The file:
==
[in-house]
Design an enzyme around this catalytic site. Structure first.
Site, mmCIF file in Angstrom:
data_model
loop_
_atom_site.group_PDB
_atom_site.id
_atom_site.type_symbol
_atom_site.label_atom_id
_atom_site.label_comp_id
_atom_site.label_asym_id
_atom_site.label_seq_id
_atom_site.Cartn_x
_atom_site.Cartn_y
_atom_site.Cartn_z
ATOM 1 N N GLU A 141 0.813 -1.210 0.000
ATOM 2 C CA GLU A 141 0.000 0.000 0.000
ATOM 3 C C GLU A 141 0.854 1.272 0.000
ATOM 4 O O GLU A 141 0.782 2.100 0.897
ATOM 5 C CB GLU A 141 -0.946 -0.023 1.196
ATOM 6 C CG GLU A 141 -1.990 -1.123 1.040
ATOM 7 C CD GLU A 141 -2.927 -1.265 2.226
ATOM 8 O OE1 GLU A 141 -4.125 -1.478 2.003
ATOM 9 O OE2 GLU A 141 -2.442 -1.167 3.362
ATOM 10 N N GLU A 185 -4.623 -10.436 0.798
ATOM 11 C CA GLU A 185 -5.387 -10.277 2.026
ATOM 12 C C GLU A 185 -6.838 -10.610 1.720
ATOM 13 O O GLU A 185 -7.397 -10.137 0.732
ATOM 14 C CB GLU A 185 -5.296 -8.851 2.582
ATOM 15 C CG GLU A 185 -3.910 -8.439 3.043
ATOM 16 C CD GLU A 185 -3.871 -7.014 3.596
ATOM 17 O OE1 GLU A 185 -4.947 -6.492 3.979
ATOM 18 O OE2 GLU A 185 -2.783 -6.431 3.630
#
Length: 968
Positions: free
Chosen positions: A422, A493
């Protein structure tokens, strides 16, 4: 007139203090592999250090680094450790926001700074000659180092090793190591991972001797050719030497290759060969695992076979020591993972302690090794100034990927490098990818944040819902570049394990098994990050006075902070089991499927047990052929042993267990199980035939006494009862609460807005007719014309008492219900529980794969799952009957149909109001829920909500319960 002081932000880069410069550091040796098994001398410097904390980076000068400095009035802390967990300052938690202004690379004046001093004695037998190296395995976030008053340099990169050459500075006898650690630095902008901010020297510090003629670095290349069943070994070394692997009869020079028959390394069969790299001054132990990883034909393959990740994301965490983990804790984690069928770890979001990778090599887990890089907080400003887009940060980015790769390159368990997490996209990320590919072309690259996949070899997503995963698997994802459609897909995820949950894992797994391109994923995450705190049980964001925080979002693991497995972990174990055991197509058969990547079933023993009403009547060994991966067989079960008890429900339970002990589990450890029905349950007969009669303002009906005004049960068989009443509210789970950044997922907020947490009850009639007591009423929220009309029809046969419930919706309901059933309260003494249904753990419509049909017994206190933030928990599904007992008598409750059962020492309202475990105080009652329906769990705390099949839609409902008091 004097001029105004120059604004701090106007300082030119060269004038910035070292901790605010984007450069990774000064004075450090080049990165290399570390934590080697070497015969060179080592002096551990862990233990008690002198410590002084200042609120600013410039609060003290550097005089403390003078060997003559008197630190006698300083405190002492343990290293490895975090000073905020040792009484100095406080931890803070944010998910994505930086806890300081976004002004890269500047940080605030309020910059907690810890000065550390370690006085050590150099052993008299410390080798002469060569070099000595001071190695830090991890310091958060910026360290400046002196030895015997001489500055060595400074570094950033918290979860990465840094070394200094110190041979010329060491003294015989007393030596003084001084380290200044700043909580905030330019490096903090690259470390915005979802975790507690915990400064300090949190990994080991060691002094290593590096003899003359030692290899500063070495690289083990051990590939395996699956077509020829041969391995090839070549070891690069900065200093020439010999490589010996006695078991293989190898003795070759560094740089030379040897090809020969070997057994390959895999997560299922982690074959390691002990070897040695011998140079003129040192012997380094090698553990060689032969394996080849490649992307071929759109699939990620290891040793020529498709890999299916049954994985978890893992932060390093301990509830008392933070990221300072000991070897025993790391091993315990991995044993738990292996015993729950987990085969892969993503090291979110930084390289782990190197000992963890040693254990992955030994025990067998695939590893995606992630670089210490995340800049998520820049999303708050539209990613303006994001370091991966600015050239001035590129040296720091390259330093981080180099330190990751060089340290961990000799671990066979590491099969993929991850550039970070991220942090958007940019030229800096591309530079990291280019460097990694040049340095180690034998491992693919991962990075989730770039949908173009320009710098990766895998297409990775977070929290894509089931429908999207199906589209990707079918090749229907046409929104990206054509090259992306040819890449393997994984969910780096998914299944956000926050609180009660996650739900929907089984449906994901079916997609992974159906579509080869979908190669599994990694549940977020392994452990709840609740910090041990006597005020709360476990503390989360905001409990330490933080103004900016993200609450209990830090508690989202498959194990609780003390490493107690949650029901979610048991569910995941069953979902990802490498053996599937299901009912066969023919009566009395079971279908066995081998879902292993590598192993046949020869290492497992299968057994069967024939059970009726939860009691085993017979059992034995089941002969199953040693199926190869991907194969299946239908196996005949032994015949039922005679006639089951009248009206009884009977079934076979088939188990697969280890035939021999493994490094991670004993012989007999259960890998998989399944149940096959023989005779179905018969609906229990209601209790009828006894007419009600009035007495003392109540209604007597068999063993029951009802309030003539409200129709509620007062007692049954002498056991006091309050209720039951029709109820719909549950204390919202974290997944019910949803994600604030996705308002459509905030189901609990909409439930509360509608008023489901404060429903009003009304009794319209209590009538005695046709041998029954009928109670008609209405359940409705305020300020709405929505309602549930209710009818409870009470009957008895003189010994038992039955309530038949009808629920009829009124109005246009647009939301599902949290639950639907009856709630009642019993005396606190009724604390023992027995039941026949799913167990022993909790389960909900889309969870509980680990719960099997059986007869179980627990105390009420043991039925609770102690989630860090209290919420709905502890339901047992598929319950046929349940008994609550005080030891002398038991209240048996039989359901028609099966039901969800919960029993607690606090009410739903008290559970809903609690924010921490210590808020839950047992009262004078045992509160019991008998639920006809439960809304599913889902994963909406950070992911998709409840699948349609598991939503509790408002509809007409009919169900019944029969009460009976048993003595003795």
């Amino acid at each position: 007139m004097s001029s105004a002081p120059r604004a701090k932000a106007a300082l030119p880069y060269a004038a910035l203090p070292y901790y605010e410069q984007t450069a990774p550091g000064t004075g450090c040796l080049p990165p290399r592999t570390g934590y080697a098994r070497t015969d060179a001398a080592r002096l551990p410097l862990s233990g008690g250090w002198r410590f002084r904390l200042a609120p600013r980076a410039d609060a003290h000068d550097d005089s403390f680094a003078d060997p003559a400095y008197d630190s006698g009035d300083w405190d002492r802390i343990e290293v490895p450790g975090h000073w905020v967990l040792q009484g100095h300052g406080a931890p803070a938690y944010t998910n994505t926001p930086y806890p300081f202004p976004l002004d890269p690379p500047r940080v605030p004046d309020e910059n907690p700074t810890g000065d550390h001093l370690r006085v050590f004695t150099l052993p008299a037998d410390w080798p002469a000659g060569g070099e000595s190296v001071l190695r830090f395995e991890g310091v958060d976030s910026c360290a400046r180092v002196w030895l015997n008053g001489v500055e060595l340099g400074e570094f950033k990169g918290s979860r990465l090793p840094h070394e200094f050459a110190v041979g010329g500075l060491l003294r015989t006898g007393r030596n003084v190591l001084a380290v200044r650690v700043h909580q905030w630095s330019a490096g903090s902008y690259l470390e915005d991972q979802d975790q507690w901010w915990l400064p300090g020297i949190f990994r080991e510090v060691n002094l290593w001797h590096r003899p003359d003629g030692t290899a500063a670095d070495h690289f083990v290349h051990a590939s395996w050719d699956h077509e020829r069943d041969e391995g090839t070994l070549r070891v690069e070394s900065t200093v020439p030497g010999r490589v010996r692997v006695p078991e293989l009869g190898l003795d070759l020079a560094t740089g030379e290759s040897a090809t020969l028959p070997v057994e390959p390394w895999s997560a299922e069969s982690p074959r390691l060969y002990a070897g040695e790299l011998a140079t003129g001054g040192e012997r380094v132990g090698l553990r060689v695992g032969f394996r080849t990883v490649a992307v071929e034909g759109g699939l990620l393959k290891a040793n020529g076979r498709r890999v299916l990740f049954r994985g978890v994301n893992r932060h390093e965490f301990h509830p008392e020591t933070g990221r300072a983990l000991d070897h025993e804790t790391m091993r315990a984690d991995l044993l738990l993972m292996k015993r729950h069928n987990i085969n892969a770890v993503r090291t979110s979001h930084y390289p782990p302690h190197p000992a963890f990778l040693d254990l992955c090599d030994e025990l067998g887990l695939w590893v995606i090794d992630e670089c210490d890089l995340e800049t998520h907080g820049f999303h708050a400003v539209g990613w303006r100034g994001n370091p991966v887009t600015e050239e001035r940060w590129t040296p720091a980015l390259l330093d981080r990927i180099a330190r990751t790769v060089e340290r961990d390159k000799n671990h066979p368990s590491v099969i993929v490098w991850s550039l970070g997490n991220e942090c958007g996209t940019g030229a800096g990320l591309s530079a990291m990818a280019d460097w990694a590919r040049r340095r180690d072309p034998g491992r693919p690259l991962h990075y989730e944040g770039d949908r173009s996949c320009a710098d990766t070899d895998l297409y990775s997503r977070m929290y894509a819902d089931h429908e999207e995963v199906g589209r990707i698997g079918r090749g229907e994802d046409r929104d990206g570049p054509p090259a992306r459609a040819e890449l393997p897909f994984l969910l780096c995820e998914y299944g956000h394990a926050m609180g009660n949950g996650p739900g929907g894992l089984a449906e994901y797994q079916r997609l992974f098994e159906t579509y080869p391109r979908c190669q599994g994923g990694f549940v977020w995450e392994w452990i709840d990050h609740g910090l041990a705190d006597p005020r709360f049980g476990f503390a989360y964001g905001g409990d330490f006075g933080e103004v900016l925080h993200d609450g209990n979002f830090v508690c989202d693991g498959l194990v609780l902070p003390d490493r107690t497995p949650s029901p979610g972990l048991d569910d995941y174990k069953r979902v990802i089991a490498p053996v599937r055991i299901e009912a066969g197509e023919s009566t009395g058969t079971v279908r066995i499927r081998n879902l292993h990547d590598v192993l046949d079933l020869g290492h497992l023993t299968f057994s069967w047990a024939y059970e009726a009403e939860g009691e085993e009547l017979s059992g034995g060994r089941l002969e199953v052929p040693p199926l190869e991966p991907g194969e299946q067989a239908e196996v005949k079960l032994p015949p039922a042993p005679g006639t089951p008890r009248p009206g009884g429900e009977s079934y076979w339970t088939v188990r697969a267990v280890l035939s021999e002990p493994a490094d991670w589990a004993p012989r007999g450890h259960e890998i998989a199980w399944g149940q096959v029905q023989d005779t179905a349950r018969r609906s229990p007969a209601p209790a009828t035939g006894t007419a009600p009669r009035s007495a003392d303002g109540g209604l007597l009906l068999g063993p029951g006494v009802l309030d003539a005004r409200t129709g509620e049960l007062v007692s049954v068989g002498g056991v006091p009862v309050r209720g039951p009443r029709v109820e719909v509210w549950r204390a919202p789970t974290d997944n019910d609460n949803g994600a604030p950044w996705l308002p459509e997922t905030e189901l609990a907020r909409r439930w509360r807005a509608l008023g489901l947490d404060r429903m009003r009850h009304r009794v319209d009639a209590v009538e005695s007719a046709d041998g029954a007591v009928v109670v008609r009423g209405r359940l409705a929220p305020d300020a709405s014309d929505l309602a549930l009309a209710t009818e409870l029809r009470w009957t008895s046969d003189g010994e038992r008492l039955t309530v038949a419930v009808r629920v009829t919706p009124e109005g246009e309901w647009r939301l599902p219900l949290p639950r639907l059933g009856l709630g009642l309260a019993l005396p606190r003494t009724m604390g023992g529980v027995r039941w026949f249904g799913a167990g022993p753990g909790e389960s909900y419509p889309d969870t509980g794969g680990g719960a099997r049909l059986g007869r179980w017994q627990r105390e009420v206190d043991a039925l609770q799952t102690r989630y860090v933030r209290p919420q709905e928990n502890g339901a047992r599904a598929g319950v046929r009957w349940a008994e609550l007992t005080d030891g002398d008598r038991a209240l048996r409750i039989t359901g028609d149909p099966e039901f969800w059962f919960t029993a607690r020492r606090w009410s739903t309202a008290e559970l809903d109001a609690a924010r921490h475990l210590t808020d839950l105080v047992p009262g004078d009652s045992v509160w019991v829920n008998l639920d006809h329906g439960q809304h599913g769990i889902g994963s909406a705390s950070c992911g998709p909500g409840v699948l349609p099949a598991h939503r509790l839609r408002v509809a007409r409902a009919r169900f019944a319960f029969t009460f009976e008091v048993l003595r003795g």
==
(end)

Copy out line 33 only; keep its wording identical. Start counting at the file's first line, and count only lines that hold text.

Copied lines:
ATOM 18 O OE2 GLU A 185 -2.783 -6.431 3.630